Past Reviews

Regional Reviews: Cleveland & Akron

Witness for the Prosecution
Great Lakes Theater
Review by Mark Horning | Season Schedule

Also see Mark's reviews of Fire on the Water, Once and Ken Ludwig's Sherwood: The Adventures of Robin Hood


Andy Nagraj, David Anthony Smith,
Aled Davies, and Jodi Dominick

Photo by Roger Mastroianni
Agatha Christie (1890-1976) was known as the "Queen of Crime" with over 73 crime novels and 100 short stories that had more twists than a bent cork screw. Because of the popularity of her tales many have been adapted to radio, television, stage and screen. Her stories introduce us to a variety of characters (some we cheer, some we boo and hiss) with convoluted plot twists that have us guessing clear to the end.

In Witness for the Prosecution, now playing at Great Lakes Theater, Leonard Vole (Taha Mandviwala) is on the brink of being accused of murdering Emily French, a wealthy spinster whom Leonard had met and befriended. He enlists the aid of Defense Attorney Mayhew (Lynn Robert Berg) and Sir Wilfrid Robarts, Q.C. (Aled Davies). During their initial interview,, Mayhew and Robarts along with their secretary Greta (Laura Welsh Berg) come to believe in Vole's innocence.

The four are up against the prosecuting attorney, Mr. Myers Q.C. (Nick Steen), Vole's illicit wife Romaine (Jodi Dominic), and the housekeeper of the deceased, Janet MacKenzie (Jillian Kates), as they appear in the court of Justice Wainwright (David Anthony Smith) and a jury of twelve (picked from the audience). The fate of this seemingly innocent young man hangs on the testimony of his wife, which the defense quickly finds cannot be trusted. There is also damaging evidence from the housekeeper as well as hard to explain physical evidence.

Who killed Emily French? Was it her new male companion, Vole, who stands to inherit the entire £85,000 estate? Was it Janet MacKenzie, the revenge-seeking housekeeper who was recently written out of the will? Perhaps it could even be Romaine Vole? You will need to stay for the entire two hours plus to find out.

As for the production, special mention must be made of the elaborate stage set by Gage Williams. It is an accurate representation of an expansive English courtroom complete with large royal seal, jury boxes, witness stand, tables for the defense and prosecution, and high judge's seat to oversee the proceedings. The set is easily and quickly changed over to the defense attorney's office as well as a foggy street scene.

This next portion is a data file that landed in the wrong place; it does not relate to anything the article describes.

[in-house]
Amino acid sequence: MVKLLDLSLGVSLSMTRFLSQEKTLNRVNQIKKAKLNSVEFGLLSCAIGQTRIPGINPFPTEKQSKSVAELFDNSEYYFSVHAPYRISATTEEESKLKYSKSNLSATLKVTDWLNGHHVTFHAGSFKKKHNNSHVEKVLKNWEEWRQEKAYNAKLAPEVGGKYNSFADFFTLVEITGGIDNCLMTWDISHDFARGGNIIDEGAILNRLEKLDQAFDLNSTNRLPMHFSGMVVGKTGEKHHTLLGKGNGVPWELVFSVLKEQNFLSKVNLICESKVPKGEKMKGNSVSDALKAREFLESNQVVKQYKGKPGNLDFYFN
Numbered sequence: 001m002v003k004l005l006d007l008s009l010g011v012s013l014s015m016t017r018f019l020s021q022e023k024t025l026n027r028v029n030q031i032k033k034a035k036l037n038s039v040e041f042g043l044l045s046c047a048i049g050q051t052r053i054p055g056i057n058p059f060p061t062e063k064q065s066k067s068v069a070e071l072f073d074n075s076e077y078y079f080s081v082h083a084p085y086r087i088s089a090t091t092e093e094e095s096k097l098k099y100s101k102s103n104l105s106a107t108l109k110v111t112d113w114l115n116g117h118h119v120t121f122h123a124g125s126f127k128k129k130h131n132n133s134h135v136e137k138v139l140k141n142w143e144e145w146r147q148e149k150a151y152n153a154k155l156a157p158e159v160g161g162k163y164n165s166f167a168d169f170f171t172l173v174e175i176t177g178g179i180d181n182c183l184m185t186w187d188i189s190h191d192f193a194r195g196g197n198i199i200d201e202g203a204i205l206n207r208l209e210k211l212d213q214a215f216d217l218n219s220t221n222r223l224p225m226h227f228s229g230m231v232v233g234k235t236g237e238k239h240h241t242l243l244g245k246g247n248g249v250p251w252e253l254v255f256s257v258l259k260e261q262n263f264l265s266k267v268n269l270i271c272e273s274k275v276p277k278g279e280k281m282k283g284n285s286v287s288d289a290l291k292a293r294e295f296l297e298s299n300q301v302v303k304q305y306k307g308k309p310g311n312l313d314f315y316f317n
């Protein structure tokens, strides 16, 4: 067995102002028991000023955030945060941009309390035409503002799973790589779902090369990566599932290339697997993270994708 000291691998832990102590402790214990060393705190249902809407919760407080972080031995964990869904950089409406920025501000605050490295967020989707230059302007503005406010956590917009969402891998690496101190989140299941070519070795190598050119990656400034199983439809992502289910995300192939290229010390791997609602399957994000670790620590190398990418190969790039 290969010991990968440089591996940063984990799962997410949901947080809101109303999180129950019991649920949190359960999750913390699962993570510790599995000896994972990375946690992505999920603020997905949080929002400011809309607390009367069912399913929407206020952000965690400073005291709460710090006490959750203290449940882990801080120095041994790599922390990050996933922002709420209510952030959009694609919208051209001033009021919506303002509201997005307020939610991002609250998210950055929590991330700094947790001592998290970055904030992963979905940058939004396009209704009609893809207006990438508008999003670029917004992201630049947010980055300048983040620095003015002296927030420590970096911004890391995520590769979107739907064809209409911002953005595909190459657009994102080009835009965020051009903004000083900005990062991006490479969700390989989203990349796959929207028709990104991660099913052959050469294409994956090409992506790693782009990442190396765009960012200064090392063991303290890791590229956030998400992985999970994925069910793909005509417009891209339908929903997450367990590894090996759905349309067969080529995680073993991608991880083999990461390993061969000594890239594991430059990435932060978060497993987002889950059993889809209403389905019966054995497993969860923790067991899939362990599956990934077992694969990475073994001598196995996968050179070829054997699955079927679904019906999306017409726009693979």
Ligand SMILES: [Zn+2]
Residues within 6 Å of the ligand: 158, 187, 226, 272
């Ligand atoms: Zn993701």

Laura Welsh Berg takes the tiny role of the defense attorney's secretary Greta and expands it with sheer talent. Her typically English trotting walk is a joy to watch. M.A. Taylor does a wondrous job as Carter (Robert's right-hand man and gofer) as well as Dr. Wyatt. Lynn Robert Berg as Mr. Mayhew brings the right balance of disbelief that is necessary to propel the story. Taha Mandviwala is perfect as downtrodden Leonard Vole, who stands accused. Aled Davies brings amazing energy to the role of the bombastic defense attorney Sir Wilfred Robarts, Q.C. who will not be denied justice. And there are three people you love to hate; Jodi Dominick as Romaine, Jillian Kates as Janet MacKenzie, and Nick Steen as Mr. Myers Q.C. Stealing the show with wondrous quips is David Anthony Smith as Judge Justice Wainwright who brings comic relief during the court proceedings.

The hardest role an American actor can take is one that involves a British accent. Great Lakes Theater has done the nearly impossible by outfitting their actors with believable speech patterns that truly add to the story. This is a colossal show; if you are among the few who have never witnessed Agatha Christie's Witness for the Prosecution in any form, you are in for a huge treat of suspense, drama, and even comedy. The court is now in session ... you be the judge.

Witness for the Prosecution, through March 10, 2019, at Great Lakes Theater, Hanna Theatre at Playhouse Square, 2067 E. 14th Street, Cleveland OH. tickets may be purchased online at www.greatlakestheater.org, by phone at 216-241-6000, or by stopping by the Playhouse Square ticket office located in the outer lobby of the State Theatre.


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